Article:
My daughter is a typical teenager – 15 years of hormone fueled, facebook focused, and texting driven angst, who, although born as part of the internet generation, is totally unaware of how to search efficiently and quickly. The feeble cries of protestation of “I can’t find it anywhere” when a school project forces her out of her comfort zone are an almost daily occurrence.
So I did a little poll around the office and found out that she wasn’t abnormal and that very few people seem to be aware of how Google, for example, can help you drill down to get the specific information you want. So I thought that a primer in basic search techniques was in order.
Google actually has over 40 modifiers to adjust and fine tune your search results. There are also another 22 advance special features triggered by keywords. You don’t have to know them all but some are very useful:
Search for an exact word or phrase
You should know this already but if you want to find the exact word or set of words put the search phrase in quotation marks. It helps to sift the wheat from the chaff quickly.
Ex: "imagine all the people" gets you the John Lennon song quickly
Exclude a word
To exclude a word from your search query just put a dash (-) before the word you don’t want to search on
Ex: "imagine all the people" –lennon and now you don’t have the song but something completely different. Good for when you know that a brand name may be confused with a place name.
Search within a site or domain
Lets say you want to search only within a specific website you can use Google to define only this.
Ex: "imagine all the people" site:cnn.com and you will get only the phrase as it was reported on cnn.com. Important point is that there should be no space between site: and the actual domain name. You can also define just a top level domain such as .gov or .de as well (site:.gov)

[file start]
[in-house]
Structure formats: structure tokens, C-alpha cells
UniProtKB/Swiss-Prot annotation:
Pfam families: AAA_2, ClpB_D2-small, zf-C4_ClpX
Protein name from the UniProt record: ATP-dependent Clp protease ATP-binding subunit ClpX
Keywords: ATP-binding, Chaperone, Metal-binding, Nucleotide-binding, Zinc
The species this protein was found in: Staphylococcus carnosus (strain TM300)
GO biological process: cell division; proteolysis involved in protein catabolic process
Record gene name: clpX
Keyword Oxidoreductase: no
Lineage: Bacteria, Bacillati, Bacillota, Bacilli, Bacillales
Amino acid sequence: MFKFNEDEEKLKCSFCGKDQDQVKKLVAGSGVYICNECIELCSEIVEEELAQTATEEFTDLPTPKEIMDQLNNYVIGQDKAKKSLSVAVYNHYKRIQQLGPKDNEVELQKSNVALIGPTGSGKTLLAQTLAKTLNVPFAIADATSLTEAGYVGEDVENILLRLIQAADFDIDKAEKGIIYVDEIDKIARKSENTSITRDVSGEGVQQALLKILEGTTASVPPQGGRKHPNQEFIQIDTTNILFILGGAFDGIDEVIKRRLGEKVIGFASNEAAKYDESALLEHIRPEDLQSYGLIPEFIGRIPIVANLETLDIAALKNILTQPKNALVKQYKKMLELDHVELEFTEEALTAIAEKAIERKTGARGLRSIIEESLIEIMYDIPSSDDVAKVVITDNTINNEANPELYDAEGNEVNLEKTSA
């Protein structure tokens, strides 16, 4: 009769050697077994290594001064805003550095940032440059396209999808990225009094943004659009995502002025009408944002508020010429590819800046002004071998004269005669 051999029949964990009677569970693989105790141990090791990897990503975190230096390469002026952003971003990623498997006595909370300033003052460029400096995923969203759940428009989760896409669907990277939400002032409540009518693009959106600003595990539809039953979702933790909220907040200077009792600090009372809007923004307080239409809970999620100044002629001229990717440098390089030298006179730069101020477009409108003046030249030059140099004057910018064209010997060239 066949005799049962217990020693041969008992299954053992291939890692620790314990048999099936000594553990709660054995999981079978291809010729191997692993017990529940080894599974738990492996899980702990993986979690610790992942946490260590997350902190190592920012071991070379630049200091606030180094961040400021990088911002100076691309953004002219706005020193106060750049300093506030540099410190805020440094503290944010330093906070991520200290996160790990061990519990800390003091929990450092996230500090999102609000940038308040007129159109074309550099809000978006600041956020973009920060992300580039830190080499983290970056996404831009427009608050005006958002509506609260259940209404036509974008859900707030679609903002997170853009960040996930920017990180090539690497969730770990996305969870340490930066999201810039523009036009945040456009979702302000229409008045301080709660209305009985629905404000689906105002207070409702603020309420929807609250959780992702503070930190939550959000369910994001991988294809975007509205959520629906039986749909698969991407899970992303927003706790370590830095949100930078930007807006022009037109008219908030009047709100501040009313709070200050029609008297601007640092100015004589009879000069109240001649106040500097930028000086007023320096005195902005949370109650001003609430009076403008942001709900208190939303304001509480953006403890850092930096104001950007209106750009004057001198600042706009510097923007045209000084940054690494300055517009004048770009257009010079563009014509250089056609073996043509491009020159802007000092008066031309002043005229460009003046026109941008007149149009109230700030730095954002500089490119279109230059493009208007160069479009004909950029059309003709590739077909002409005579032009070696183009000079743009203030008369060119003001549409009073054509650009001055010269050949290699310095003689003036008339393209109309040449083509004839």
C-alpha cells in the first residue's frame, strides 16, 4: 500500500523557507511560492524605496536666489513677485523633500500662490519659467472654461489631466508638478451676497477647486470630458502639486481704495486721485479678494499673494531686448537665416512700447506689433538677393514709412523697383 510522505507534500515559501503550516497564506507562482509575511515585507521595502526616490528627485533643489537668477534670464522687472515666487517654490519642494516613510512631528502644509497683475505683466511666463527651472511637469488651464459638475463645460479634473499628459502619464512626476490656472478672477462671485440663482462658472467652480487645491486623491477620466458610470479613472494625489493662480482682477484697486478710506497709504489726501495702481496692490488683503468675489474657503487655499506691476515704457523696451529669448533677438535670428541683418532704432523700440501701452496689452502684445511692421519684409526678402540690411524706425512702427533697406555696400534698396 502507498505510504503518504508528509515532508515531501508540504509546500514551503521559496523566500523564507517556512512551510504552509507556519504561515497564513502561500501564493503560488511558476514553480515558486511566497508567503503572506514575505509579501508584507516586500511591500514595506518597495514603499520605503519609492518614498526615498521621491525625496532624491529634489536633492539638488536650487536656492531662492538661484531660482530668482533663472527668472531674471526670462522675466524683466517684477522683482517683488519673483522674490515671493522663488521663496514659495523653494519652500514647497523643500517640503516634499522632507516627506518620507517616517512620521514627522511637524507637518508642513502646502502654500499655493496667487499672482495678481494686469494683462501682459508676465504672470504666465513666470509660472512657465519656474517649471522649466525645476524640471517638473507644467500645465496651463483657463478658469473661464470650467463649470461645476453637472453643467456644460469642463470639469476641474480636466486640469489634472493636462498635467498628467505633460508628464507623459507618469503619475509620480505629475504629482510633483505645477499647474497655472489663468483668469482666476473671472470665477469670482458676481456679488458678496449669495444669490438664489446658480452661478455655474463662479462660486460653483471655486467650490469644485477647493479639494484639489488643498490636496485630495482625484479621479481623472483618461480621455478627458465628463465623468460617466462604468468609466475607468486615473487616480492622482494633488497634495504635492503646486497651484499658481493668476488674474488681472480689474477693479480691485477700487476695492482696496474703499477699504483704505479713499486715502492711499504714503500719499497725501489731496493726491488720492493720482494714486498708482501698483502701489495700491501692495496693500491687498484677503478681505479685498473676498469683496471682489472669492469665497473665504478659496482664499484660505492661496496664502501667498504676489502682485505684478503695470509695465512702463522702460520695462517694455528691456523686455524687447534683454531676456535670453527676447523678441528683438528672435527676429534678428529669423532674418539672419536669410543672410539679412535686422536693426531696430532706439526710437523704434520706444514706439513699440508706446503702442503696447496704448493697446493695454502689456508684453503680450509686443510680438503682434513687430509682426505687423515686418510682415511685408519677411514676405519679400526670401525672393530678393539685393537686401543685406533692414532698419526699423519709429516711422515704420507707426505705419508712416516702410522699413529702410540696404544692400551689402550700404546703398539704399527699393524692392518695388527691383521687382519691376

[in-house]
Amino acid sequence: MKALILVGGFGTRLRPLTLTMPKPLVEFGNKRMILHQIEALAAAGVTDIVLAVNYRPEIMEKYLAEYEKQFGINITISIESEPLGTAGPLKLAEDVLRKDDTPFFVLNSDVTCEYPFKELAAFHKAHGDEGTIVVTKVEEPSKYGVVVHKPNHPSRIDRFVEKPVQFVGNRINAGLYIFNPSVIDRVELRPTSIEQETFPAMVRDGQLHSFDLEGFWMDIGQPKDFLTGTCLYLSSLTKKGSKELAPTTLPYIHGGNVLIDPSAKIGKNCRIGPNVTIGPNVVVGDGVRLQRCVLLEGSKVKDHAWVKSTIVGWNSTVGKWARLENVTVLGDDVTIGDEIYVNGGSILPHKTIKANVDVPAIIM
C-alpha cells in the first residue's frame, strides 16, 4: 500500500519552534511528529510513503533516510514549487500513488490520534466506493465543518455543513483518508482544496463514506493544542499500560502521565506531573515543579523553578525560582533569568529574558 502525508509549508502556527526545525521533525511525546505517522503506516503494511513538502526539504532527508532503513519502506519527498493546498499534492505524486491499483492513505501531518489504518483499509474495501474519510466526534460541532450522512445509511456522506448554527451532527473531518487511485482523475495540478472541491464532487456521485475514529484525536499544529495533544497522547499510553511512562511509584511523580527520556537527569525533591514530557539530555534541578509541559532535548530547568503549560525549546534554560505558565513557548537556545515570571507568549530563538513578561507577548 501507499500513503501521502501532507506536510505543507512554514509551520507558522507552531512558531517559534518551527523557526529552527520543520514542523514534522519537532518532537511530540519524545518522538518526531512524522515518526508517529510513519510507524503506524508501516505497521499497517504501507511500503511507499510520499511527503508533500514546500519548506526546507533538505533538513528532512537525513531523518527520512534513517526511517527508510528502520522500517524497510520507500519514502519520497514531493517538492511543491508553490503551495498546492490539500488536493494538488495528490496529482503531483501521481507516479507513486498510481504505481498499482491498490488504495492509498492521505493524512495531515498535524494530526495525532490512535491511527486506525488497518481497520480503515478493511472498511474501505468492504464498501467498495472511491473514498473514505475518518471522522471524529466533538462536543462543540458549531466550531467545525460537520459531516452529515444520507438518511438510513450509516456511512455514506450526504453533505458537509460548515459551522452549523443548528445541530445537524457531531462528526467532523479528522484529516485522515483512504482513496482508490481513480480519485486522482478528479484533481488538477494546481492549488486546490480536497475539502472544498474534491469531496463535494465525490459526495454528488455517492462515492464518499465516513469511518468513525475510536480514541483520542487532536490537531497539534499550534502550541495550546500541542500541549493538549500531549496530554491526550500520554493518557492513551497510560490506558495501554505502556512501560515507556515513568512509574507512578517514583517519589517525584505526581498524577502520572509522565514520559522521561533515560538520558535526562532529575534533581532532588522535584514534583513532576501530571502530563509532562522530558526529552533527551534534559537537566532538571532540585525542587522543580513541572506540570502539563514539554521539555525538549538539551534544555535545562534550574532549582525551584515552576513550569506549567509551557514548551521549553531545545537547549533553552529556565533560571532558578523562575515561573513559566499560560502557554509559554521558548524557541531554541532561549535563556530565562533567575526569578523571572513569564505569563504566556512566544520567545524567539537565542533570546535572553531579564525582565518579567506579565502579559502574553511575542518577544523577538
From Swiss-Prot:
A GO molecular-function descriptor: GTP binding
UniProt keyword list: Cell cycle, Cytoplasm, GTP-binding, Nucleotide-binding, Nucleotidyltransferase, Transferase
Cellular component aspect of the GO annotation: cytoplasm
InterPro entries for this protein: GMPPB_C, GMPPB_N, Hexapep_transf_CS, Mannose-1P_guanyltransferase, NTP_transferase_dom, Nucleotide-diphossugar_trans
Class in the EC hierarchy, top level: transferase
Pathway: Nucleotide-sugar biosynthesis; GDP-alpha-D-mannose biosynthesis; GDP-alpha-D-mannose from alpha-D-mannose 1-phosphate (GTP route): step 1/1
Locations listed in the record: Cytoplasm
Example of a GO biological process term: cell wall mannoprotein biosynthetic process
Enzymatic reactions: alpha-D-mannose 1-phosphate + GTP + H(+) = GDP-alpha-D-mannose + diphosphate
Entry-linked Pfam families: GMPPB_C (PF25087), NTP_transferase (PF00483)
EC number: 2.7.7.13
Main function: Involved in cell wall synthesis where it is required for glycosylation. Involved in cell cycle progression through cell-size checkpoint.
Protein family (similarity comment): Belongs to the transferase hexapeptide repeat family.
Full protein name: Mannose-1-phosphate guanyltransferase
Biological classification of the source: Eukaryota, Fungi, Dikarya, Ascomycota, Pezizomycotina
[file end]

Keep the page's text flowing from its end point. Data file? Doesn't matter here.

Search within other Parameters
Link: If you type: link:www.cnn.com you can see who is linking to a particular site.
Author: If you type: author:Charles Dickens it will return articles authored by him.
Location: If you type: queen location:
it will match the term “queen” with articles from Holland only
Define a word
If you want to know the definition for a word or phrase then just put the word “define:” in front of the query.
Ex: define:marketing and you have a quick definition together with pages that relate to the word
Use a wildcard
If you can’t remember an exact phrase but some of the words then use an asterisk (*) within a search as a placeholder for any unknown terms.
Ex: "linkedIn and * b2b" will give you various search phrases with options for the blanks. Great for songs title where you can’t remember it exactly.
Search for either word
If you want to search for pages that have just one of several words, include OR (capitalized) between the words. Without the OR, your results would typically show only pages that match both terms.
Ex: Winter olympics 2014 OR 2018 will give you results on either of the terms.
Search for a number range
This is great for finding a range of numbers . If you separate the numbers by two periods (with no spaces) to see results that contain numbers in a given range of things like dates, prices, and measurements.
Ex: new convertible cars $20000:$25000
Use Google as a calculator
Many people have no idea that you can get the answers for most calculations simply by typing them in the search bar.
Ex: 2^3(25+3^4) will give you 848 and a nice calculator will appear for simpler math. Use sqr for square roots etc. It’s actually very handy.
So explore and have fun with this. You will be surprised how much more you can get out of Google specifically if you know a little bit more.